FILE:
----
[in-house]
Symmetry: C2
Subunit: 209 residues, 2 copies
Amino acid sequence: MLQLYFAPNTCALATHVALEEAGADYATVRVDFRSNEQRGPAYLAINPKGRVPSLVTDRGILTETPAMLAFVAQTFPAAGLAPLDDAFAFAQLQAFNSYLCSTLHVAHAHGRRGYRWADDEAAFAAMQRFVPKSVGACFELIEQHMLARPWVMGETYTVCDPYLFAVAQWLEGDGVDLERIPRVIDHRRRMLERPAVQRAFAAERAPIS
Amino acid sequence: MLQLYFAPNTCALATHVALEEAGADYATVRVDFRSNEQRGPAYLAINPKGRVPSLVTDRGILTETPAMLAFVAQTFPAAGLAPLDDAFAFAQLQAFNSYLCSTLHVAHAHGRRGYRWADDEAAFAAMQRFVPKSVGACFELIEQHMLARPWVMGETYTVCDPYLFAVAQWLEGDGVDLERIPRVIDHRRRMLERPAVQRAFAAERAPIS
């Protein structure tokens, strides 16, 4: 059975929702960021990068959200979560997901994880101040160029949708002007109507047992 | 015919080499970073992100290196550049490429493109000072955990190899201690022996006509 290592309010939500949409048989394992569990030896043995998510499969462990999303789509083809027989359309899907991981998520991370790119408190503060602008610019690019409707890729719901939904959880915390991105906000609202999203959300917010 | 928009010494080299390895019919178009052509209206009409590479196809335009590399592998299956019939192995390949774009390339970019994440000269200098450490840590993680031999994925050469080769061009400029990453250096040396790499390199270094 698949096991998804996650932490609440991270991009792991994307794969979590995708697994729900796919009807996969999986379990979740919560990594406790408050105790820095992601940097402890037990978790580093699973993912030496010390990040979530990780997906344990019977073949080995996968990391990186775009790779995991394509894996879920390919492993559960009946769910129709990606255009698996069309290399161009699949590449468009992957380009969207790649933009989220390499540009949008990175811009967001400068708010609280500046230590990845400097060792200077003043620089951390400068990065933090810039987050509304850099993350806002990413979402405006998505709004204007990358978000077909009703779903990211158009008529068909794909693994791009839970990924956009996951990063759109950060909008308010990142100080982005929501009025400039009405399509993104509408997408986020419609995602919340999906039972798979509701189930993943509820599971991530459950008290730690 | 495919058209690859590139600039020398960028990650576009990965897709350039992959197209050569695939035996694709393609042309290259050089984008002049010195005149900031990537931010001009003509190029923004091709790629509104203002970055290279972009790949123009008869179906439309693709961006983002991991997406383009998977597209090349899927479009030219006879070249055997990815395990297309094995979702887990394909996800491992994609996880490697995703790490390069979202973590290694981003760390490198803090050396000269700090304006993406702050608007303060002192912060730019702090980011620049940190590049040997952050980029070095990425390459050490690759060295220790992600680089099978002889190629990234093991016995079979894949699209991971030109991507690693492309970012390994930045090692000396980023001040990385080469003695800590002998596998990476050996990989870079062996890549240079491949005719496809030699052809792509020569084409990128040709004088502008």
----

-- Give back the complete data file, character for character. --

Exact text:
[in-house]
Symmetry: C2
Subunit: 209 residues, 2 copies
Amino acid sequence: MLQLYFAPNTCALATHVALEEAGADYATVRVDFRSNEQRGPAYLAINPKGRVPSLVTDRGILTETPAMLAFVAQTFPAAGLAPLDDAFAFAQLQAFNSYLCSTLHVAHAHGRRGYRWADDEAAFAAMQRFVPKSVGACFELIEQHMLARPWVMGETYTVCDPYLFAVAQWLEGDGVDLERIPRVIDHRRRMLERPAVQRAFAAERAPIS
Amino acid sequence: MLQLYFAPNTCALATHVALEEAGADYATVRVDFRSNEQRGPAYLAINPKGRVPSLVTDRGILTETPAMLAFVAQTFPAAGLAPLDDAFAFAQLQAFNSYLCSTLHVAHAHGRRGYRWADDEAAFAAMQRFVPKSVGACFELIEQHMLARPWVMGETYTVCDPYLFAVAQWLEGDGVDLERIPRVIDHRRRMLERPAVQRAFAAERAPIS
């Protein structure tokens, strides 16, 4: 059975929702960021990068959200979560997901994880101040160029949708002007109507047992 | 015919080499970073992100290196550049490429493109000072955990190899201690022996006509 290592309010939500949409048989394992569990030896043995998510499969462990999303789509083809027989359309899907991981998520991370790119408190503060602008610019690019409707890729719901939904959880915390991105906000609202999203959300917010 | 928009010494080299390895019919178009052509209206009409590479196809335009590399592998299956019939192995390949774009390339970019994440000269200098450490840590993680031999994925050469080769061009400029990453250096040396790499390199270094 698949096991998804996650932490609440991270991009792991994307794969979590995708697994729900796919009807996969999986379990979740919560990594406790408050105790820095992601940097402890037990978790580093699973993912030496010390990040979530990780997906344990019977073949080995996968990391990186775009790779995991394509894996879920390919492993559960009946769910129709990606255009698996069309290399161009699949590449468009992957380009969207790649933009989220390499540009949008990175811009967001400068708010609280500046230590990845400097060792200077003043620089951390400068990065933090810039987050509304850099993350806002990413979402405006998505709004204007990358978000077909009703779903990211158009008529068909794909693994791009839970990924956009996951990063759109950060909008308010990142100080982005929501009025400039009405399509993104509408997408986020419609995602919340999906039972798979509701189930993943509820599971991530459950008290730690 | 495919058209690859590139600039020398960028990650576009990965897709350039992959197209050569695939035996694709393609042309290259050089984008002049010195005149900031990537931010001009003509190029923004091709790629509104203002970055290279972009790949123009008869179906439309693709961006983002991991997406383009998977597209090349899927479009030219006879070249055997990815395990297309094995979702887990394909996800491992994609996880490697995703790490390069979202973590290694981003760390490198803090050396000269700090304006993406702050608007303060002192912060730019702090980011620049940190590049040997952050980029070095990425390459050490690759060295220790992600680089099978002889190629990234093991016995079979894949699209991971030109991507690693492309970012390994930045090692000396980023001040990385080469003695800590002998596998990476050996990989870079062996890549240079491949005719496809030699052809792509020569084409990128040709004088502008």